Introducing the chakras

Are you puzzled by the chakras? Do you wonder what they mean? In today’s blog, I’m taking a look at the chakras and trying to summarise some of the  information that is out there!

What is a chakra?

The word “chakra” (chakrum) is Sanskrit for spinning wheels of light (1–3). Chakras are thought to be the source of the aura’s energy and colour (2) and are believed to hold the spiritual and evolutionary consciousness of the individual and all mankind (2). Chakras act as energy vortices that absorb prana (4,5). The flow of prana through the chakras determines our daily thoughts and actions (4).

Chakra structure

Each chakra has a front (representing everyday behaviour and relationships with the physical world), a back (unconscious actions and the spiritual world) (3), left and right (representing female and male qualities, respectively), and an inner and outer side (relating to higher consciousness and personal (worldly) desires/feelings, respectively) (3).

Chakras, nadis, and marma points

There are a number chakras in the body; the seven main chakras exist along the spine (4). The seven chakras are muladhara (root), swadisthana (sacrum), manipura (solar plexus), anahata (heart), vishuddi (throat), ajna (between eyebrows), and sahasrara (crown). Each chakra acts as a main marma point which energises other marma points in the body (3). The prana from the chakras passes to the marma points via channels known as nadis (which meet at the chakras) (2,5). Each chakra is associated with different nadis and marma points  (5). The seven chakras exist along the main nadi (channel for prana) – the sushumna nadi (1). Either side of sushumna are two other nadis called ida (left side) and pingala (1). All nadis start at muladhara and branch out from the main nadi (sushumna) at various places. Figure 1 shows the positioning of the seven main chakras and the three major nadis in the body.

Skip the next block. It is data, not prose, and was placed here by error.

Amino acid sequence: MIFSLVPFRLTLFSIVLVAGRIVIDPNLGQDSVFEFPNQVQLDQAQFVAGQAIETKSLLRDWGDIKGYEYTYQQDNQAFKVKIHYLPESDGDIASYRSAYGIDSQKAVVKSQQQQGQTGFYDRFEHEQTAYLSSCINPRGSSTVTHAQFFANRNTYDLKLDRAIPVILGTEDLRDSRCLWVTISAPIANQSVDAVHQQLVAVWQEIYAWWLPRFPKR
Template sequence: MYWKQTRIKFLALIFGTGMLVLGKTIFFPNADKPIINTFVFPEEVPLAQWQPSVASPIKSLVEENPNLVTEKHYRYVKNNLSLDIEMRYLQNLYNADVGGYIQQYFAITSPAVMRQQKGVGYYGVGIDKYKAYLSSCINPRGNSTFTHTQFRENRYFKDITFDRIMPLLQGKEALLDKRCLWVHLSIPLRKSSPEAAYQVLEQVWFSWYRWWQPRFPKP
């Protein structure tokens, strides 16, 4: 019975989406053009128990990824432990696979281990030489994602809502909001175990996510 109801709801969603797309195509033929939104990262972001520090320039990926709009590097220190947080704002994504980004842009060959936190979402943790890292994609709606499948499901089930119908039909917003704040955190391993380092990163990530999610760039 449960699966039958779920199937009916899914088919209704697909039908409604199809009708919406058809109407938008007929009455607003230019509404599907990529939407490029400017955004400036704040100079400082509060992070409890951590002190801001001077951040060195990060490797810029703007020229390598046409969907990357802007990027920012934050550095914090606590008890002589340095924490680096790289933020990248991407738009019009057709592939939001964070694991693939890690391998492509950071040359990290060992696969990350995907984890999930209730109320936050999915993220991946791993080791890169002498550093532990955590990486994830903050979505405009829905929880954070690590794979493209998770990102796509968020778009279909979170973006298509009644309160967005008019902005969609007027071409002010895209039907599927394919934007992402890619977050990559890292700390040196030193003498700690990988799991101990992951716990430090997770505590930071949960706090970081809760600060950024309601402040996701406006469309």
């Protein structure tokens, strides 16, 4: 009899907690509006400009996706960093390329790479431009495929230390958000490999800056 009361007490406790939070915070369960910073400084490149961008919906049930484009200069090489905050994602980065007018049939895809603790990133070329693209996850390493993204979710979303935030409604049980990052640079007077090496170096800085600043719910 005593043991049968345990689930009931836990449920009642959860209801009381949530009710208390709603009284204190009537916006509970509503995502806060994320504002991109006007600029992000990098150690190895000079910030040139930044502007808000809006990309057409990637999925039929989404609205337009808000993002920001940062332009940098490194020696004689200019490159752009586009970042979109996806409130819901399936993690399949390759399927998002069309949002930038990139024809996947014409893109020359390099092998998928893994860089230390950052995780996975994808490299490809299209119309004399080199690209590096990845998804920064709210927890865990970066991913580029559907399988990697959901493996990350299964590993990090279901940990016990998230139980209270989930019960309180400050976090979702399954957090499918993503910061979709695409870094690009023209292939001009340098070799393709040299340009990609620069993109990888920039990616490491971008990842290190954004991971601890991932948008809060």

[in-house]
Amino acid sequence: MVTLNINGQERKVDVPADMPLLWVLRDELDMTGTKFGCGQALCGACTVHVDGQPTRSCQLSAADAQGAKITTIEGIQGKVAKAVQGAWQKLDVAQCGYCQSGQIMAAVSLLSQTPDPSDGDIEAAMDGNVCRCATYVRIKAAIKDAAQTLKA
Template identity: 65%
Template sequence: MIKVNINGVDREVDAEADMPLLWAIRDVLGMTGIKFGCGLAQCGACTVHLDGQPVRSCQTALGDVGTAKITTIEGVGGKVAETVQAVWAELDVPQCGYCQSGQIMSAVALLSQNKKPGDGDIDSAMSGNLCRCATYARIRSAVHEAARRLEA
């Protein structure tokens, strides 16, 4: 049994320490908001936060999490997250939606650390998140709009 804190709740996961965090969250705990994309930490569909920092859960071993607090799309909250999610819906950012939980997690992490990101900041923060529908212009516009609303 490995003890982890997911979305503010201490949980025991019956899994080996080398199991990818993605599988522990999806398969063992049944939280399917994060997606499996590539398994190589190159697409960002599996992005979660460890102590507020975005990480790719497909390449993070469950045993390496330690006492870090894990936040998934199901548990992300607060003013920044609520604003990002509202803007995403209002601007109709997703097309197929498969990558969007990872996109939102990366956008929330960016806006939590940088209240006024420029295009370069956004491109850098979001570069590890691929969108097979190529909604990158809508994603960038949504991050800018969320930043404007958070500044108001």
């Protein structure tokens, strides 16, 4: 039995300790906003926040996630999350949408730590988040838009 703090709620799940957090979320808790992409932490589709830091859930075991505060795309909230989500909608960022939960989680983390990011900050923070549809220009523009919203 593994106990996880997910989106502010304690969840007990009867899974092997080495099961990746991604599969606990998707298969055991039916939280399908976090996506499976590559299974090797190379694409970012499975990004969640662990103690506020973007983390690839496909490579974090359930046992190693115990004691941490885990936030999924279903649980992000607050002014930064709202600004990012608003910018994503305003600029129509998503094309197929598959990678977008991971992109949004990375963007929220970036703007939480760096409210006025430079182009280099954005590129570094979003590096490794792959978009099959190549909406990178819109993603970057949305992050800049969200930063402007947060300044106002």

Minor chakras exist where fewer nadis meet (the soles of the feet, behind the knees, the gonads, the stomach, the liver, the palms of the hands, the breasts, each side of the clavicle, the eyes, the temples, the thymus gland, two at the spleen, base of the skull [alta major]) (1). In 1990, a series of transpersonal chakras were first named – these include the earth star, hara, causal, soul star, and stellar gateway chakras (1).

Chakra balancing

The chakras all work in connection with one another – if one chakra becomes imbalanced, this can have an impact on the others (6). A range of characteristics can be observed when chakras are in balance or imbalanced (Table 1).The use of yoga is one way in which balance can be achieved and some useful postures are also shown in Table 1, along with mudras for each chakra (3). Crystals and essential oils are also beneficial in balancing the chakras (Table 1).

My practice to balance the chakras

I primarily use my yoga and meditation practice to balance my chakras. I sometimes use crystals and sound meditations too – including chanting mantras, seed sounds, using tuning forks, or listening to chakra balancing music.

In my yoga practice, I particularly like to use tadasana (to balance all chakras but mainly focusing on rooting into the earth [muladhara] and up to the sky [sahasrara]), setubhandasana (focusing on muladhara, swadisthana, manipura, and vishuddi), ustrasana (focusing on anahata and vishuddi), the anahata breath (anahata) and the sphinx (rising up through all the chakras, then focusing on ajana and sahasrara). I like to use Shambavi mudra (eyebrow gazing) to balance ajna in the sphinx.  Surya namaskar and the rainbow bridge also help me to balance all my chakras. Pithvi dharanam is a wonderful grounding meditation – but more on this another time.

Sometimes when I feel I have lost my grounding, I balance muladhara by getting a good routine, cleaning myself and the house, and gardening! I find being by water, like the sea or a river also helps me retain balance – swadisthana is being balanced there I think! Gazing at a ghee flame in a diva balances manipura, but I also feel that this cleanses all my chakras and my aura. Eating Ayurvedically feels like it cleanses my chakras while it acts on imbalances in my doshas. I try to eat Ayurvedically as much as possible and I am enjoying the way it makes my mind and body feel!

Table 1: Chakra summary (created using refs 1-17)


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  2. White R. Working with your Chakras. London: Piatkus; 1993.
  3. Dale C. The Subtle Body Practice Manual: a Comprehensive Guide to Energy Healing. 2013.
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